“He would take us to Fort Worth, come back and go to work, then leave and pick us up in the afternoon,” George said.
In 1950, an addition was added to the building – Wilson Hall, named after the superintendent. The hall, donated by Fort Wolters, was used to house grades seven, eight and nine, and expanded the facility to three rooms.
Last June, a series of windows was placed inside the old wooden structure, a gift from DGB Glass Inc., in Aledo, with an approximate value of $23,000.
Others have also stepped up to forward the project, including Morrison Supply Company, which provided A/C work, Lightfoot Mechanicals for installation of the units, and funding for two A/C units by PRO VISION Digital Surveillance.
One of the keys to the project has been the work of those involved in the Parker County Community Learning Center, which acts as a way for young adults involved in the juvenile system to learn job skills and stay out of trouble, a means of working – literally – to turn their lives around. George gives much credit to CLC construction manager David Maisel and the CLC workers for bringing the project to its current point. The work is provided through a grant obtained by the City of Weatherford.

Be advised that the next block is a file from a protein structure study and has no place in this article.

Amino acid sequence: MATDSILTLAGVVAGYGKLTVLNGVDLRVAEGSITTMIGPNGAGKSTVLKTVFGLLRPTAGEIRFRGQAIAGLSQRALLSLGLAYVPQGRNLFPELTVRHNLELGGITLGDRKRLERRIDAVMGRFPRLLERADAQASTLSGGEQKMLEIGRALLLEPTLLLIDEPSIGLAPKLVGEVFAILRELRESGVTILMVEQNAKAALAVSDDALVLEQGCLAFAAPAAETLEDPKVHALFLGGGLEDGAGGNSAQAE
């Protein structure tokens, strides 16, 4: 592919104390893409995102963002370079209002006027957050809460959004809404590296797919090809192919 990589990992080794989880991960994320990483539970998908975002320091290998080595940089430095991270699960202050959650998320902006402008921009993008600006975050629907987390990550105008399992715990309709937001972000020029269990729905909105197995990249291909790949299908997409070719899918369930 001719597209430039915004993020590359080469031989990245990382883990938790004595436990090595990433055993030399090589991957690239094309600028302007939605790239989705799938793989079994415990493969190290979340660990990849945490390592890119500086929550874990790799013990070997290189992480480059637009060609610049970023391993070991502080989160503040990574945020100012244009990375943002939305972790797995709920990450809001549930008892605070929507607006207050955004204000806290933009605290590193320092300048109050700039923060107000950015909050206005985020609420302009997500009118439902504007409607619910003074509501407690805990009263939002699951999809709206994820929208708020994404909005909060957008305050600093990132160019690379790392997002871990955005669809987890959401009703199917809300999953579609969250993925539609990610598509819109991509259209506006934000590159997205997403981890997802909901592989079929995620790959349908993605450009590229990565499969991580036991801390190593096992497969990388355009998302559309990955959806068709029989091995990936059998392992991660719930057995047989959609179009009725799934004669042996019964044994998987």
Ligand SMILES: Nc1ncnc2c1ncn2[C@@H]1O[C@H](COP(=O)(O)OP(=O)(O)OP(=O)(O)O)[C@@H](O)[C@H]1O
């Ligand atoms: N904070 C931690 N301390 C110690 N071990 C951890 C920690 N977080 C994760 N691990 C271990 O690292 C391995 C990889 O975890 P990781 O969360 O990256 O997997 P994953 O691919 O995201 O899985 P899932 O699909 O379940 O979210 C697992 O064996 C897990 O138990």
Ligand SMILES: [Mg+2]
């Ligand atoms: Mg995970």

George said the city has offered to take over the project at any point and complete it, but George says his intent is to complete the project before turning it over. He has given himself a deadline of the end of this year and hopes to turn the property over to the city this time next year.
“I don't want any tax dollars being used,” said George of hopes to complete the work using donations, whether cash contributions or donations of materials and labor.
George told the historical group he hoped they could help the property receive historical landmark designation. He said he is currently working with the Parker County Historical Society to apply for and receive such a designation.
To get involved with project or make a donation, contact George at 817-304-3519.